ES Fork Cap Dissassembly

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#1
I am looking to soften the compression damping on my forks, it appears that the left fork has all the compression damping and the right fork all the rebound damping.
I recently took the left fork apart expecting to find the usual compression valve at the bottom of the cartridge but there was only a one way valve...it would let oil into the cartridge but not out. On compression, the oil is forced up the cartridge rod to the top of the fork to where the stepper motors are.

The options appear to be
A put thinner oil in the compression fork
B increase the air gap...to soften the spring
C replace the one way valve with a "normal" compression valve
D unscrew the stepper motors and change the valving there

Has anyone ever unscrewed the stepper motors from the fork caps ?

IMG_20190819_205936915[1].jpg
Any info greatly appreciated
 

holligl

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#2
I'm assuming you have tried the softest setting via the settings? I believe I read somewhere the specified oil is already pretty light (I think equivalent to 2.5w). Is yours original?

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#3
Yes, I've tried every setting available. I'm currently on the return leg of a trip to Romania and the roads over there really showed up the bikes limitations.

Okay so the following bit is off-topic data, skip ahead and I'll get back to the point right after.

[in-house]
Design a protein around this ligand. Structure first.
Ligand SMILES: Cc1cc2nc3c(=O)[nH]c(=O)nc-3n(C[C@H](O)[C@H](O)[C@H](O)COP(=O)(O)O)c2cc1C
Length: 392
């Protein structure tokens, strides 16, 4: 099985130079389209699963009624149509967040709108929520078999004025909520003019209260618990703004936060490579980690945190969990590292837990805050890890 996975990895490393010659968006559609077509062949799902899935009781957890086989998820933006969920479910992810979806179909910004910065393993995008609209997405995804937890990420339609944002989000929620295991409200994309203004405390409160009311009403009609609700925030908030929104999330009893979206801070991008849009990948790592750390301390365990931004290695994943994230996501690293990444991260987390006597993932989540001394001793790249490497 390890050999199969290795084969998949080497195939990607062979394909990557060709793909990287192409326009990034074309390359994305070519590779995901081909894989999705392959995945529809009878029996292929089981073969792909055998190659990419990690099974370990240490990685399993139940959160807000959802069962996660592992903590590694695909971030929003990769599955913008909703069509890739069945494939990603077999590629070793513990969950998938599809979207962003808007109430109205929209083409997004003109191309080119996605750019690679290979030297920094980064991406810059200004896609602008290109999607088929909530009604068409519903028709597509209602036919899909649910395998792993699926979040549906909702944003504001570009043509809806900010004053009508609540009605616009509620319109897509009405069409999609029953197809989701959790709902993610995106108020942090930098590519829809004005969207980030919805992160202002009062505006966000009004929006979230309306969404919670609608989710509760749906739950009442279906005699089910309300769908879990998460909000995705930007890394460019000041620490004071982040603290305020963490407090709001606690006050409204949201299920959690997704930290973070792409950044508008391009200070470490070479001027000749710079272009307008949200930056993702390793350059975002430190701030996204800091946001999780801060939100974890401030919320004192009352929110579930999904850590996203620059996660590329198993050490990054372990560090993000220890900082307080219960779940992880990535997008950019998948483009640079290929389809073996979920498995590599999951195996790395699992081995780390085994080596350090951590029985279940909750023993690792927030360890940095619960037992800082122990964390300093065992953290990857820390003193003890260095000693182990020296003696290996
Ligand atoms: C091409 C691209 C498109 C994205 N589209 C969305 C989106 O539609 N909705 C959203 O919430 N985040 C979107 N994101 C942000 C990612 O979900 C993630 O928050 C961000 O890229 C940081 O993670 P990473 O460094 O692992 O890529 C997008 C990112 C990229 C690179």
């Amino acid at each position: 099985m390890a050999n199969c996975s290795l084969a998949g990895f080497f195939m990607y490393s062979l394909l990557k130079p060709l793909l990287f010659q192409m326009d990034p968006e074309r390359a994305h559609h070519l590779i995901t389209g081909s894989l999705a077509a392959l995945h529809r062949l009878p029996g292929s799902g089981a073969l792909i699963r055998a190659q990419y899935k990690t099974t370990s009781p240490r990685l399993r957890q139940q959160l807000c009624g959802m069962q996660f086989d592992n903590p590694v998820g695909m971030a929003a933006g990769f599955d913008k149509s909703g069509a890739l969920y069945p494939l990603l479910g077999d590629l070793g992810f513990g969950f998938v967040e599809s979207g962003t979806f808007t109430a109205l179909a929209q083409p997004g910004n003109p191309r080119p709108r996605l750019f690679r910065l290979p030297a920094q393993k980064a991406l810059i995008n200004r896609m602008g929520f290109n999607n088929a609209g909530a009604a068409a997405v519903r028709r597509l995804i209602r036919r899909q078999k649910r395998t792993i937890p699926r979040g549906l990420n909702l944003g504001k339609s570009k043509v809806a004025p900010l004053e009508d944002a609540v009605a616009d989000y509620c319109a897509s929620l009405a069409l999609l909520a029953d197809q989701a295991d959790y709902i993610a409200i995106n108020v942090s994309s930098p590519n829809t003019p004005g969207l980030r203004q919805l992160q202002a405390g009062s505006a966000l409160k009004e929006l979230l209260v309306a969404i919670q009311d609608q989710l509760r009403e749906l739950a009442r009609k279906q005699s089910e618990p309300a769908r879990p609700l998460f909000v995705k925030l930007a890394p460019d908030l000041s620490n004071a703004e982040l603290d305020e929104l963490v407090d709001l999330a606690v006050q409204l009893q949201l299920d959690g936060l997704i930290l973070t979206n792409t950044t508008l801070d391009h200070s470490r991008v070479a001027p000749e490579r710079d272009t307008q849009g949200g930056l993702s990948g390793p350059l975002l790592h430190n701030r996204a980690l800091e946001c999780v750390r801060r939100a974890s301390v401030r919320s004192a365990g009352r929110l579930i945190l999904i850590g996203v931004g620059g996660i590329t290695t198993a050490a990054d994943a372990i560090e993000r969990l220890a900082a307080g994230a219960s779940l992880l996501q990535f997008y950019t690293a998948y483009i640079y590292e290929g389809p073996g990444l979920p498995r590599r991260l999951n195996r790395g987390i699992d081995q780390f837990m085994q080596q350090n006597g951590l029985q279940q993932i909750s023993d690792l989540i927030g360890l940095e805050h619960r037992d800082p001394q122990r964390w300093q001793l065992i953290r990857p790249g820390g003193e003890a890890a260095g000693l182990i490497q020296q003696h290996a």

Had the bike from new, now at about 9k miles and am 84kg kitted up to ride.
 

fac191

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#4
Yes, I've tried every setting available. I'm currently on the return leg of a trip to Romania and the roads over there really showed up the bikes limitations.
Had the bike from new, now at about 9k miles and am 84kg kitted up to ride.
The preload settings make a difference to the damping. If your not carrying much gear you could ride on the one helmet setting.
 
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#5
Yes I have the damping sheet as posted on the forum and have tried all the range of settings.
While riding today it occurred to me that heavier guys than me find a stiffer rear spring works for them. Conversely, it seems logical that lighter riders may find a softer front would work for them , perhaps softer fork springs ?
 

holligl

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#6
The options appear to be...
B increase the air gap...to soften the spring
I don't understand this one...
Yamaha is very specific on the oil level. I wouldn't play with that. Not sure what your warranty situation is, but you would likely be voiding any remaining warranty with most of these.

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#7
I don't understand this one...
Yamaha is very specific on the oil level. I wouldn't play with that. Not sure what your warranty situation is, but you would likely be voiding any remaining warranty with most of these.

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It is widely know that the air gap can be increased to give a plusher ride and vice versa. The air gap has a spring effect as it is compressed.
Re the warranty, you are probably correct but it will run out over the winter anyway, I'm just trying to gather info at the moment.
 

holligl

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#8
What are folks using to remove the ES fork cap? Looks like a 43mm but it seems hard to find that size in a socket. Will a large adjustable wrench do the job without messing up the cap?

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Nikolajsen

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#9
NO NO:eek::).